Texting & Other Ways to Revolutionize Staffing & Recruiting




  • by Keith Paul November 16, 2015
    November 16, 2015

    There’s an awful lot asked of folks working in the staffing industry.


    You’re supposed to be Yoda, wisely answering questions lobbed your way by anxious hiring managers and their even more anxious candidates. You’re expected to know the details of each applicant, as though you’re not dealing with hundreds (or thousands) of others. You’re supposed to read your candidates’ minds because after all, you’re all ridiculously busy.


    Image by Daniel Picard

    Image by Daniel Picard


    Working in recruiting can be a bit like flying a plane in the eye of a hurricane. Even with the best practices in place, the job demands your absolute attention.


    The vast majority of staffing agencies – and businesses of all kind for that matter – are operated using old-school methods. Applicants fill out forms, you request more paperwork, and those papers are added to their file – even if that file is online. Candidates and hiring managers send you emails and letters, asking for clarification. They call, panic-stricken, when they don’t understand correspondence received from your office. And often, they sit on hold while you deal with anxious questions.


    Role after role, the process is the same, never more efficient than the role before. That inefficiency translates to high costs, an increased need for training and labor, and finally, security issues. After all, how secure is the private information of a candidate when his file is available to anyone who picks it up?


    Cutting Down on Paper Processes

    Open a New Line of Communication


    According to the Pew Research Center, 31% of text message users prefer texting to phone calls, and overall, text message users send or receive an average of 41.5 messages a day, with median users sending or receiving 10 per day. In short, candidates are far more likely to be comfortable texting you with simple questions.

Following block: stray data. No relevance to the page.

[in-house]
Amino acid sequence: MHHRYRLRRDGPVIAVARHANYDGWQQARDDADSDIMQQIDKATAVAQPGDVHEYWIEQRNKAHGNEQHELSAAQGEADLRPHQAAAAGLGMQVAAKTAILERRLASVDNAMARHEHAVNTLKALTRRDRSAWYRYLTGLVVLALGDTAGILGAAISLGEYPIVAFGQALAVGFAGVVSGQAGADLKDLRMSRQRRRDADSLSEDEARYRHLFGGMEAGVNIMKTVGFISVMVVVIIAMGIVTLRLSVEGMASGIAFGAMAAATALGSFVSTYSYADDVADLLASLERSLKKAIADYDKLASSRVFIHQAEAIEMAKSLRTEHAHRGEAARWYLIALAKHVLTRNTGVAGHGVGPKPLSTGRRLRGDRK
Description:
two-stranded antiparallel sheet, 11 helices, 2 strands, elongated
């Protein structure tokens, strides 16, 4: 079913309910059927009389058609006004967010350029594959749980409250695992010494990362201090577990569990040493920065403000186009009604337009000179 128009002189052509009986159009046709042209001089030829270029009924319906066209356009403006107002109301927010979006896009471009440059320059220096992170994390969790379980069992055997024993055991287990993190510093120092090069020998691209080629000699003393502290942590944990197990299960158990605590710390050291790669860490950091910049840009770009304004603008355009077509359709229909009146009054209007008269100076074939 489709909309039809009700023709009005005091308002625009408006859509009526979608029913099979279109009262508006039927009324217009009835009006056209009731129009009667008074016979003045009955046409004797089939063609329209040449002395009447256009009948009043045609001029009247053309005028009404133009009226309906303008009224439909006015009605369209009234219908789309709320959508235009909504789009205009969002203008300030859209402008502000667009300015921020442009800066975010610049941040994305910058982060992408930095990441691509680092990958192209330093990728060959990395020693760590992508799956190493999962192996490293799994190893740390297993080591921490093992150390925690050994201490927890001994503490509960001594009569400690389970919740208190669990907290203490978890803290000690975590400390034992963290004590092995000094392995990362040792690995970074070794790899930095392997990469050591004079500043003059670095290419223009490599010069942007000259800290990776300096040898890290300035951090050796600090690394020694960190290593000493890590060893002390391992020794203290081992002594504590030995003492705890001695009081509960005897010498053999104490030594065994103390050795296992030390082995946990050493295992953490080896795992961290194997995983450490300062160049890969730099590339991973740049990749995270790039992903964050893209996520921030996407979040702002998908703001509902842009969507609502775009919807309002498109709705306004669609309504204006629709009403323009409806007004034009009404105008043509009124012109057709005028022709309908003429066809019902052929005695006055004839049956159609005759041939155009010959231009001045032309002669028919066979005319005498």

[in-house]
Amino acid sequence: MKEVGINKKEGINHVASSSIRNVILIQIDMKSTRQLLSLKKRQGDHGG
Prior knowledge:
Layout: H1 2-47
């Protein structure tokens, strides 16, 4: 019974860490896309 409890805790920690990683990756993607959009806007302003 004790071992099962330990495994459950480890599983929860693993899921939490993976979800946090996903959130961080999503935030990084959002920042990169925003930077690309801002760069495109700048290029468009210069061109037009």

This is good news for both of you. Texting is a virtually paperless endeavor. A question can be asked and answered without impacting the environment of your office (or the world). As a bonus, the candidate has an immediate record of your answer stored on his phone.


    Use Digital Documentation


    As part of the application process, require candidates to scan all relevant application materials. Those documents can then be posted in a secure online location to be reviewed by hiring managers and recruiters.


    When offering text communication, this process can be streamlined by texting links to PDF documents that can be filled out securely with digital signatures. The text messages also give you a simple tool for directing the candidate to the online location of the saved material.


    Ditch the Question Box


    Staffing offices should always host an online FAQ for potential or current candidates visiting your website; it doesn’t stop all the emails, calls, and letters, but it definitely cuts down on them.


    Traditionally, collecting questions to put in your FAQ database or documentation has been done via a question or comment box, but the absolute best way to add to your frequently asked questions this day in age is to allow your candidates to text them directly to your office. It makes it easier for them to ask immediately, which boosts engagement and gives you better insight into the common hang-ups. Of course, it also gives you a way to answer those questions without playing phone tag or sifting through emails.


    Be a 21st Century Resource


    Host application and onboarding information online and offer to text the links when candidates ask questions. If they don’t find the information they are looking for, they can respond to your text. This empowers you to add to the information you provide to prevent future inadequacies, and deliver better resources when they really need it.


    Relationships matter. Implement these ideas to provide better support and faster information, while saving time and costs (and trees!) on paper processes.

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